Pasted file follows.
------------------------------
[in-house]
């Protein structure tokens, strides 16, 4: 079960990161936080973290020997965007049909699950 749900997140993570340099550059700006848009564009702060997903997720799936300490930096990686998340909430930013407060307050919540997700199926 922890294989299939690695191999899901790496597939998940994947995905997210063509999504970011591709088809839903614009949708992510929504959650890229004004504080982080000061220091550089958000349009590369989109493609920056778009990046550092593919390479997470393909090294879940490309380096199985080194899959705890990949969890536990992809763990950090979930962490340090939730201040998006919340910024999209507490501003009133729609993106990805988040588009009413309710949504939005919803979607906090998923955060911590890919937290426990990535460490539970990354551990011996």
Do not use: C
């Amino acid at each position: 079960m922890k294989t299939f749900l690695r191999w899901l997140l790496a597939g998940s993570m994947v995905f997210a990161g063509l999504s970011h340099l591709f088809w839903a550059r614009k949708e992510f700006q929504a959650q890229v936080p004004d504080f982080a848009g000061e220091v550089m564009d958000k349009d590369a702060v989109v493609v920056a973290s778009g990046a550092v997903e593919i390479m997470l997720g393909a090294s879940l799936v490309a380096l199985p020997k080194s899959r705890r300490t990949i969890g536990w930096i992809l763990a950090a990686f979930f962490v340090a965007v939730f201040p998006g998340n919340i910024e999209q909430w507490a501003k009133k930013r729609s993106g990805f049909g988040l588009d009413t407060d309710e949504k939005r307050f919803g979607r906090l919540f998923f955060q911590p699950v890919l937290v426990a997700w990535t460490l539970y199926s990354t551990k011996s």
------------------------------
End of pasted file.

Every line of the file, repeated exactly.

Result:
[in-house]
């Protein structure tokens, strides 16, 4: 079960990161936080973290020997965007049909699950 749900997140993570340099550059700006848009564009702060997903997720799936300490930096990686998340909430930013407060307050919540997700199926 922890294989299939690695191999899901790496597939998940994947995905997210063509999504970011591709088809839903614009949708992510929504959650890229004004504080982080000061220091550089958000349009590369989109493609920056778009990046550092593919390479997470393909090294879940490309380096199985080194899959705890990949969890536990992809763990950090979930962490340090939730201040998006919340910024999209507490501003009133729609993106990805988040588009009413309710949504939005919803979607906090998923955060911590890919937290426990990535460490539970990354551990011996």
Do not use: C
């Amino acid at each position: 079960m922890k294989t299939f749900l690695r191999w899901l997140l790496a597939g998940s993570m994947v995905f997210a990161g063509l999504s970011h340099l591709f088809w839903a550059r614009k949708e992510f700006q929504a959650q890229v936080p004004d504080f982080a848009g000061e220091v550089m564009d958000k349009d590369a702060v989109v493609v920056a973290s778009g990046a550092v997903e593919i390479m997470l997720g393909a090294s879940l799936v490309a380096l199985p020997k080194s899959r705890r300490t990949i969890g536990w930096i992809l763990a950090a990686f979930f962490v340090a965007v939730f201040p998006g998340n919340i910024e999209q909430w507490a501003k009133k930013r729609s993106g990805f049909g988040l588009d009413t407060d309710e949504k939005r307050f919803g979607r906090l919540f998923f955060q911590p699950v890919l937290v426990a997700w990535t460490l539970y199926s990354t551990k011996s």